Are you a pilot? A pilot-in-training? Are you dreaming of becoming a pilot? If so, this is the book for you.
Ken Ford is a physicist and a writer with a gift for making a subject come alive. In this book he draws on his fifty years of flying single-engine airplanes and more than twenty-five years of flying gliders.
Flying With and Without an Engine
In this memoir, Kenneth Ford provides tales from his own years of flying light airplanes and gliders, and he profiles various aviators he has met along the way, people who impressed him with their passion for flying and who brought a special style to their love affair with flying.
This book is for anyone of any age who is thinking about becoming a pilot, or is already one, or who just appreciates the romance of the air. It’s more than a collection of anecdotes. Ford is a teacher, and here you will learn, in non-technical language, about the kinds of lift that keep gliders aloft, the idiosyncrasies of “tail-dragger” airplanes, the art of landing in a crosswind, how pilots get from A to B, and more.
The book teaches as it delights. Ken tells of helping a rancher search for lost cattle in New Mexico, ferrying a corpse to Lubbock, Texas, landing without a radio at Washington National Airport, and soaring to 27,000 feet over Lake Tahoe.
As a glider pilot, Ken describes himself as an earnest amateur. The big smile shown on this page came after he flew a glider 500 kilometers in Nevada and California, a flight that helped him earn a diamond soaring badge.
Ken Ford’s beautifully written new book could easily be subtitled “and the Wonderful People I’ve Met in the Air.” Ken’s love for flying has brought him into the extended family of fascinating people who share his passion for the air. In this book, Ken has done a wonderful job of sharing his lifetime of adventures and friendships with the reader. If you are a pilot, an enthusiast, or if you’ve just always wondered why your loved one is so interested in flight, you will be grateful that Ken has invited you along to meet his friends, share his adventures, and learn his lessons. I hope you enjoy his book as much as I have.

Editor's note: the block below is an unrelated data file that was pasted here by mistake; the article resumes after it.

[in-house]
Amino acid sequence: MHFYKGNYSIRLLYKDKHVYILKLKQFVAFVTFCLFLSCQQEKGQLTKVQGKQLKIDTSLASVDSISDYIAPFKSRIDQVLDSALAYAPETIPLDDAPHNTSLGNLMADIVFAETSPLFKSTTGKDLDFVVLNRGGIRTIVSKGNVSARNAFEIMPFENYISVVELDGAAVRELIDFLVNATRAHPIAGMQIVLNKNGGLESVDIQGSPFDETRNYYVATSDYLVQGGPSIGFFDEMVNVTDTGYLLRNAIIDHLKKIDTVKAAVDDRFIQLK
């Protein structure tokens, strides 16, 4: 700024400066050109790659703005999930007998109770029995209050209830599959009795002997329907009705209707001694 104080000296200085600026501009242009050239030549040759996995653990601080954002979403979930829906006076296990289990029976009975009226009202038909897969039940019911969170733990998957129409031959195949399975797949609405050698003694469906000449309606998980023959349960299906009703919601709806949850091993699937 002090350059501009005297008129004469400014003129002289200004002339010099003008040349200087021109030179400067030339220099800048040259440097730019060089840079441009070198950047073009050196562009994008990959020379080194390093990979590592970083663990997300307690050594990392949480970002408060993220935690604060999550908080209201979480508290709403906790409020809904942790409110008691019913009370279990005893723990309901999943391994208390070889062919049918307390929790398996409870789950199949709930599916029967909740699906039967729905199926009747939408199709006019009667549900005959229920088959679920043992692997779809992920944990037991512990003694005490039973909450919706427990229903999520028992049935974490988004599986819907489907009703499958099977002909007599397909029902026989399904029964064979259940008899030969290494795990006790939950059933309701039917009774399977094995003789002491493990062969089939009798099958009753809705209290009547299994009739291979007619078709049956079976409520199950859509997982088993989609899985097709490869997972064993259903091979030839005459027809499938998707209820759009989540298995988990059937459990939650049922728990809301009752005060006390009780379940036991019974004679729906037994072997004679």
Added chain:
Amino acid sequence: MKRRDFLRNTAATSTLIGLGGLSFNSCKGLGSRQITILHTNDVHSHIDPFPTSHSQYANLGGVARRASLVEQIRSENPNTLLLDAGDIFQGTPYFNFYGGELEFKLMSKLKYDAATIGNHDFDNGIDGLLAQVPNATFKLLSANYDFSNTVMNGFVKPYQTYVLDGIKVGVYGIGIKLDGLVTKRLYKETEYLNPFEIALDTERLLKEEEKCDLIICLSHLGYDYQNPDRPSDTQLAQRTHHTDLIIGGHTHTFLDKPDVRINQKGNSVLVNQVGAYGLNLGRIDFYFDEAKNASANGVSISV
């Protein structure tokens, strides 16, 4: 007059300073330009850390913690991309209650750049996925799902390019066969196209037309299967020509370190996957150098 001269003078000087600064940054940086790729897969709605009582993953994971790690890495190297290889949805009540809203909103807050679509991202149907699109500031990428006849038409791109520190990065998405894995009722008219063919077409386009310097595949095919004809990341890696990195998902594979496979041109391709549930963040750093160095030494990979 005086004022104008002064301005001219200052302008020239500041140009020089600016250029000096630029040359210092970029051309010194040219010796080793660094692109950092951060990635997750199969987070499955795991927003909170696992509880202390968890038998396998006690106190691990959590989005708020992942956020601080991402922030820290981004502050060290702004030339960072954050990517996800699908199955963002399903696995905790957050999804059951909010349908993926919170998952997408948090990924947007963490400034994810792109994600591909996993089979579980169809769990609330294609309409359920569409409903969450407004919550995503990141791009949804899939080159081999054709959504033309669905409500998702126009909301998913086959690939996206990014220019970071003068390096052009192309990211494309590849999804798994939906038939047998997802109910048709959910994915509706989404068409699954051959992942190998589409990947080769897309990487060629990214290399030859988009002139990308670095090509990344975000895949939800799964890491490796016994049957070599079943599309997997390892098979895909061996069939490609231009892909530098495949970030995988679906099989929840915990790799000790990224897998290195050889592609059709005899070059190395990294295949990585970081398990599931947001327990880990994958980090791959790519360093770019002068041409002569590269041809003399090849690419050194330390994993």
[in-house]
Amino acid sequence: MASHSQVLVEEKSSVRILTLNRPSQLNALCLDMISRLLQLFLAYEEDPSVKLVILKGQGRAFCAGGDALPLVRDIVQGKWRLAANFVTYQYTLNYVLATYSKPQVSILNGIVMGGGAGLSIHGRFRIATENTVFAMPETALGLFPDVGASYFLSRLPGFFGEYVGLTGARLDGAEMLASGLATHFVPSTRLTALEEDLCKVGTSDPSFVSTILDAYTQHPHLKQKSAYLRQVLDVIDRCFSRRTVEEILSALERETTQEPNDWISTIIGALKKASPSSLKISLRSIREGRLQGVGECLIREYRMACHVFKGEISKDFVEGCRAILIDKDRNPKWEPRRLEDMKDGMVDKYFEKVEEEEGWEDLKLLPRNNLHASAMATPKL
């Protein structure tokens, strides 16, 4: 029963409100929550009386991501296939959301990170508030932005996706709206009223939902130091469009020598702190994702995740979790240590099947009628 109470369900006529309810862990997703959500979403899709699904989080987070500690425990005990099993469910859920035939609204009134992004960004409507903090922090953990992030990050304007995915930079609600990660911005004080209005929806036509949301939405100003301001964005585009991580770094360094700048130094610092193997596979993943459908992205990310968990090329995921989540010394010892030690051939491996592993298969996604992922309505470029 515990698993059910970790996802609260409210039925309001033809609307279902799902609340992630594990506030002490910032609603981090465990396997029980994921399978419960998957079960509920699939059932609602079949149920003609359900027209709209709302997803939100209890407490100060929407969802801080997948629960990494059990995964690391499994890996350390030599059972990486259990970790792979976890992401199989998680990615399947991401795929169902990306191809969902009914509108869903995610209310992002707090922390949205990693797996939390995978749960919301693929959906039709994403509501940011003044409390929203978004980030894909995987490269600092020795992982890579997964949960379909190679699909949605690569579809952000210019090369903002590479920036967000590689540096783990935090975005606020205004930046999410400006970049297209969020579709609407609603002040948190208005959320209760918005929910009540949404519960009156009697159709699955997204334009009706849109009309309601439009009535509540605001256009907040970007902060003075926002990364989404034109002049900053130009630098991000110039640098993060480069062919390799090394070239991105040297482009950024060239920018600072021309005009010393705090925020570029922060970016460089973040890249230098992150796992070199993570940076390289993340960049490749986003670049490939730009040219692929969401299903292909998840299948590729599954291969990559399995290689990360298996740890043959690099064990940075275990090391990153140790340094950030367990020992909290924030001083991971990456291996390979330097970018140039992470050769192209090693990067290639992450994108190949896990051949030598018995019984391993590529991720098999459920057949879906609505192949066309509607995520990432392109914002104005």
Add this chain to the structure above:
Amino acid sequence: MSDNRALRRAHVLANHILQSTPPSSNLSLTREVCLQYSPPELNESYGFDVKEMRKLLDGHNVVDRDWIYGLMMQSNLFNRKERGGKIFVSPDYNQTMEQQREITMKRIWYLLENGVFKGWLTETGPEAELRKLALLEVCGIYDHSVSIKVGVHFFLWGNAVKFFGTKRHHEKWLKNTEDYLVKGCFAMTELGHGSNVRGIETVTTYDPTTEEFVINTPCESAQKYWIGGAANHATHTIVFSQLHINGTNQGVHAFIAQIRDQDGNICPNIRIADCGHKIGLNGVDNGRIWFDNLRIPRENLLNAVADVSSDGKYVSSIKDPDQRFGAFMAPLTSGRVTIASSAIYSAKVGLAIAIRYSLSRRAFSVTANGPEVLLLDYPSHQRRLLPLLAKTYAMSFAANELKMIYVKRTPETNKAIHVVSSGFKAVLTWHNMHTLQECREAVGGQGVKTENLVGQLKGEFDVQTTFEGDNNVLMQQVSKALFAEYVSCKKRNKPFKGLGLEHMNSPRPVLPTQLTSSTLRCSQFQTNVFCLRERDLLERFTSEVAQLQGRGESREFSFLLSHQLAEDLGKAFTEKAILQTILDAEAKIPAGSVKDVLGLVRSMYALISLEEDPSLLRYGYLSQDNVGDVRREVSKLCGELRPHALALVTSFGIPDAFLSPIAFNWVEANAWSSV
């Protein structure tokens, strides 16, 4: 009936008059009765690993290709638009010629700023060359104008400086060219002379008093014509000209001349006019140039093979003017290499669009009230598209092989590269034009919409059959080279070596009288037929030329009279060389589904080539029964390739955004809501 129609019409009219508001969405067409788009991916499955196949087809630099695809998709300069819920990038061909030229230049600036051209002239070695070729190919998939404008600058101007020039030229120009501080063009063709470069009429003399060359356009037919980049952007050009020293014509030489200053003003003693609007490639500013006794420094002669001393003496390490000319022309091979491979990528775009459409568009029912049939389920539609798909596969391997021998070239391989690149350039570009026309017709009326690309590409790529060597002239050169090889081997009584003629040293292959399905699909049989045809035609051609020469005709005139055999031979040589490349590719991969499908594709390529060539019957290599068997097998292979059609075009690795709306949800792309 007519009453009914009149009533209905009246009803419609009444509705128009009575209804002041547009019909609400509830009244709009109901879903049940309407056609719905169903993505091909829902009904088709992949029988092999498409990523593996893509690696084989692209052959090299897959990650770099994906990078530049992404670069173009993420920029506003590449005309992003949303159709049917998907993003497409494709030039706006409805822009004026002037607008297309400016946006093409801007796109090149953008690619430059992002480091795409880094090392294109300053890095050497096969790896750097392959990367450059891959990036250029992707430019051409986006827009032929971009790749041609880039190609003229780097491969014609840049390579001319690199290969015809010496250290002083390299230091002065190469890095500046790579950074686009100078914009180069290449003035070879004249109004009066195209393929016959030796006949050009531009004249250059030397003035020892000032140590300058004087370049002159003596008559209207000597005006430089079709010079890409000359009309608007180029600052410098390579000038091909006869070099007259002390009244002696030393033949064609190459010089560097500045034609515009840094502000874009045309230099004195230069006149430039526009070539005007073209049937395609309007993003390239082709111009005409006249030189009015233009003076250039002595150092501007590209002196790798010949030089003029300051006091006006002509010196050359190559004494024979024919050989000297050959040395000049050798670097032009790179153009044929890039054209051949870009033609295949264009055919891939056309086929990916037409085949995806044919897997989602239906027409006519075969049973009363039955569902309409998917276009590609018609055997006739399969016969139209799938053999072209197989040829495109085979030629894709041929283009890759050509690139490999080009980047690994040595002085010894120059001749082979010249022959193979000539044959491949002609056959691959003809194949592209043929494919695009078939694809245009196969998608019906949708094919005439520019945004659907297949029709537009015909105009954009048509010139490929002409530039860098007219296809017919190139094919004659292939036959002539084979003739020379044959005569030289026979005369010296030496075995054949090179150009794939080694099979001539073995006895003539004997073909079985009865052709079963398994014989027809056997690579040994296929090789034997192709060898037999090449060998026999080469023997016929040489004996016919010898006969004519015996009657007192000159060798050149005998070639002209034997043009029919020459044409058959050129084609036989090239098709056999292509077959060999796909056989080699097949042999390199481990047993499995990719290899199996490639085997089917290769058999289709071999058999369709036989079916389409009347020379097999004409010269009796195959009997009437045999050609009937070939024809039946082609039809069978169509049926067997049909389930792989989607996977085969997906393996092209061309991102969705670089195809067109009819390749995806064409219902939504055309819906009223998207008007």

Ford includes just enough technical information to interest the pilots, but uses plain language to make it interesting for the casual reader. In non-technical terms, he explains the evolution of navigation, flight terms and airplane equipment. Jerry Hoogerwerf [former manager of the Socorro, New Mexico airport and one of the people profiled in the book] said he loved reading the book and remembers Ford as a an adventurous and gifted pilot. “He was an avid flier and an excellent pilot,” Hoogerwerf said. “He really loved airplanes and flying. We did some flying together and he’d rent an airplane from me on occasion. He writes about aviation and aerodynamics and makes them easy to understand. It’s an interesting project and it’s well-written.”
Mountain Mail Newspaper
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